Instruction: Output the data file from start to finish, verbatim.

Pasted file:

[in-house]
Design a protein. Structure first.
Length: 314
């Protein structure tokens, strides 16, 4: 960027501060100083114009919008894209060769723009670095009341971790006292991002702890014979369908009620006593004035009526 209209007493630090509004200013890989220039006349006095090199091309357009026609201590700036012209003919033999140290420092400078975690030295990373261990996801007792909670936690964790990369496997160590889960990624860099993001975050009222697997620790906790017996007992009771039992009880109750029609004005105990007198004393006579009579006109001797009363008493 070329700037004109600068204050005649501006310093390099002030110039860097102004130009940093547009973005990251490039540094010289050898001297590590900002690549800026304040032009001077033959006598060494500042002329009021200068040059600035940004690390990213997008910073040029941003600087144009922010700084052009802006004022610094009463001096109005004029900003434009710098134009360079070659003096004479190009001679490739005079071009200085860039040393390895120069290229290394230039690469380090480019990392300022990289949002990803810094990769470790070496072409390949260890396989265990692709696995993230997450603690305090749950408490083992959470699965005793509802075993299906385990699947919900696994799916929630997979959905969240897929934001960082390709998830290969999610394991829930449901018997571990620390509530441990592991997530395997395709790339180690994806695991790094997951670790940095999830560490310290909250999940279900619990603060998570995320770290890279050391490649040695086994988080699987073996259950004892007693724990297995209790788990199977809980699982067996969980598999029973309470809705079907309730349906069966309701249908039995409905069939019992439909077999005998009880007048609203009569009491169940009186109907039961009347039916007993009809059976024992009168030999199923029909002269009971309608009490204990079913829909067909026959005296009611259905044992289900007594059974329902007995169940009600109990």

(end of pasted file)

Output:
[in-house]
Design a protein. Structure first.
Length: 314
């Protein structure tokens, strides 16, 4: 960027501060100083114009919008894209060769723009670095009341971790006292991002702890014979369908009620006593004035009526 209209007493630090509004200013890989220039006349006095090199091309357009026609201590700036012209003919033999140290420092400078975690030295990373261990996801007792909670936690964790990369496997160590889960990624860099993001975050009222697997620790906790017996007992009771039992009880109750029609004005105990007198004393006579009579006109001797009363008493 070329700037004109600068204050005649501006310093390099002030110039860097102004130009940093547009973005990251490039540094010289050898001297590590900002690549800026304040032009001077033959006598060494500042002329009021200068040059600035940004690390990213997008910073040029941003600087144009922010700084052009802006004022610094009463001096109005004029900003434009710098134009360079070659003096004479190009001679490739005079071009200085860039040393390895120069290229290394230039690469380090480019990392300022990289949002990803810094990769470790070496072409390949260890396989265990692709696995993230997450603690305090749950408490083992959470699965005793509802075993299906385990699947919900696994799916929630997979959905969240897929934001960082390709998830290969999610394991829930449901018997571990620390509530441990592991997530395997395709790339180690994806695991790094997951670790940095999830560490310290909250999940279900619990603060998570995320770290890279050391490649040695086994988080699987073996259950004892007693724990297995209790788990199977809980699982067996969980598999029973309470809705079907309730349906069966309701249908039995409905069939019992439909077999005998009880007048609203009569009491169940009186109907039961009347039916007993009809059976024992009168030999199923029909002269009971309608009490204990079913829909067909026959005296009611259905044992289900007594059974329902007995169940009600109990």